There’s no food more synonymous with Mardi Gras in New Orleans than king cake. The ubiquitous Carnival dessert is beloved by every New Orleanian and as soon as the Epiphany rolls around in early January, king cakes can be found in bakeries, homes, and restaurants across Louisiana. However, for those of us not blessed enough to grow up with second lines and the concept of lagniappe, king cake poses some interesting questions that need answering.
Who is the king?
Like most Mardi Gras traditions, the “king” in question can be traced back to the Bible. Representing the three kings who visited baby Jesus on the Epiphany, one’s first bite of the delectable dessert can also be considered a rather holy experience.
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Where did king cake come from?
Brought to North America by the French in 1870, king cake can be traced back to the Middle Ages when the French began baking galette des rois prior to Lent. Roman Christians though are believed to have adopted the tradition from Pagan celebrations of spring and fertility, dating back to a time before drive-thru daiquiris were even a twinkle in New Orleans’ eye.
Why the circular shape?
European king cakes take on a variety of shapes and sizes, but in New Orleans, the classic cake is a twisted ring of brioche-meets-coffee-cake-meets-cinnamon-roll dough topped with a deluge of icing. Although most king cakes around the world are both round and whole, those found in New Orleans are almost always rings. To ask why would question the very nonsensical nature of New Orleans itself, which seems counter to the idea of laissez le bon temps rouler.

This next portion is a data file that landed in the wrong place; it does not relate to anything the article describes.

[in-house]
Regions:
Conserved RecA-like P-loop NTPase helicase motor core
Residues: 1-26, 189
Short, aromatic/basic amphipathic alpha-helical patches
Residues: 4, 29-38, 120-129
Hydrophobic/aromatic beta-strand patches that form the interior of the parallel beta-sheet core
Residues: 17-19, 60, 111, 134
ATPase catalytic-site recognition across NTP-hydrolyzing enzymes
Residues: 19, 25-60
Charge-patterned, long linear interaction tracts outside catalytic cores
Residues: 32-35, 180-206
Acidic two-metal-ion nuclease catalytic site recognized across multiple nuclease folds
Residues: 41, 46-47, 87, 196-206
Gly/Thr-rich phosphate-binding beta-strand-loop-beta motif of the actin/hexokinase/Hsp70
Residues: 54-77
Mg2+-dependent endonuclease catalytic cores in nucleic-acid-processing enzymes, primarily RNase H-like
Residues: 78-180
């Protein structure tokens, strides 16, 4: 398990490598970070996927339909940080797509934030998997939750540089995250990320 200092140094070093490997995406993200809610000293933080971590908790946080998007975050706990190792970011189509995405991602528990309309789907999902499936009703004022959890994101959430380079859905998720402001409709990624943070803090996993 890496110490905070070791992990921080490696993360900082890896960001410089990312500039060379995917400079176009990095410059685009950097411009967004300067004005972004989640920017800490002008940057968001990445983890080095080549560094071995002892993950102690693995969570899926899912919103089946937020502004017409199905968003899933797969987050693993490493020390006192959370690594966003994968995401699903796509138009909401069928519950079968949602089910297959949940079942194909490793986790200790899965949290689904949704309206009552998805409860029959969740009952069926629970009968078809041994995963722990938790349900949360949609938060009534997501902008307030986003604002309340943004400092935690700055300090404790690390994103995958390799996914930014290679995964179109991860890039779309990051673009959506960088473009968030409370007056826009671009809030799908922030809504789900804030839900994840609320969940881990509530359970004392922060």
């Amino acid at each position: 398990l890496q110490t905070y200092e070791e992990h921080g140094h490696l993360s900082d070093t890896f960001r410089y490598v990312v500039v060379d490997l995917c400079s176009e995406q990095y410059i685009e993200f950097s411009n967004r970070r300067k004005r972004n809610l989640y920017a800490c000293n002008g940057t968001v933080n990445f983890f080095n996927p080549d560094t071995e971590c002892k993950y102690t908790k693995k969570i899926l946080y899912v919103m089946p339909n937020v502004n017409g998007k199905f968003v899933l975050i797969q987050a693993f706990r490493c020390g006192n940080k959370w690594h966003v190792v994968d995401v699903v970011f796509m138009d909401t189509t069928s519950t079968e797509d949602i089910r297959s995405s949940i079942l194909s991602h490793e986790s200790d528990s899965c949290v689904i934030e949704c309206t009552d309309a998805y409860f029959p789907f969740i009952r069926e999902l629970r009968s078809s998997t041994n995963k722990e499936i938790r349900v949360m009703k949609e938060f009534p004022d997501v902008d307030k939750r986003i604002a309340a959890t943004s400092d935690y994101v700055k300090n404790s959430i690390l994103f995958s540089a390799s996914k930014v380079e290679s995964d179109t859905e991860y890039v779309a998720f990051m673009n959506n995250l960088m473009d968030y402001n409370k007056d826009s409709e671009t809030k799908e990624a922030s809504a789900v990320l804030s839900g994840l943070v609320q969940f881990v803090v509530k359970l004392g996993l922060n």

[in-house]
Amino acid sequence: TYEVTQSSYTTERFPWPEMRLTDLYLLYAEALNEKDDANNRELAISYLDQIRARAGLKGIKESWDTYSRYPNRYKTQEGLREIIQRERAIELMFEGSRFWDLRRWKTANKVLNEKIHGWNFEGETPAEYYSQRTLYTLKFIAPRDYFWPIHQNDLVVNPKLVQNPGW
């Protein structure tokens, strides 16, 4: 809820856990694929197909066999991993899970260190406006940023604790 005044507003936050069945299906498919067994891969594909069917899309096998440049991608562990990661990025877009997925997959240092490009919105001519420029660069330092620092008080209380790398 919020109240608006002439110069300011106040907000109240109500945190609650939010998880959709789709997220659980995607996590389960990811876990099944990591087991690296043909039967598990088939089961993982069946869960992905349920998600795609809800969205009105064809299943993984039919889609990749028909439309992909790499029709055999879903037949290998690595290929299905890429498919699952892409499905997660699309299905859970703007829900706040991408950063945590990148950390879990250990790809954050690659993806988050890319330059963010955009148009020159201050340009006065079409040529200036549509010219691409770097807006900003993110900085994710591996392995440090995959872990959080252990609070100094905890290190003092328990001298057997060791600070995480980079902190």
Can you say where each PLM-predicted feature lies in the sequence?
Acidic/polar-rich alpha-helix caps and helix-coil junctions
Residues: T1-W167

Why the trio of colors?
Green (faith), purple (justice), and gold (power) have become synonymous with Mardi Gras, along with a formerly displaced NBA team, but these colors only cemented their importance in New Orleans lore shortly after the arrival of King Cakes themselves. Many date the selection of the three colors to 1872 when the New Orleans Krewe of Rex was formed and selected their official Mardi Gras color palette. However, the meaning of each color wasn't formalized until 1892 when the Krewe of Rex Parade’s theme was “The Symbolism of Colors.”
Why is there a baby inside?
Many have bitten into their first piece of King Cake only to find a small plastic baby, which for anyone not from New Orleans can be a little disconcerting. The baby of course represents Jesus as the three kings saw him during the Epiphany, and putting it in the cake calls back to an earlier practice of including a bean, nut, or coin inside. Per New Orleans tradition, whoever finds the baby receives good luck for the year ahead and is responsible for buying the next King Cake, a delicious double-edged sword if there ever was one.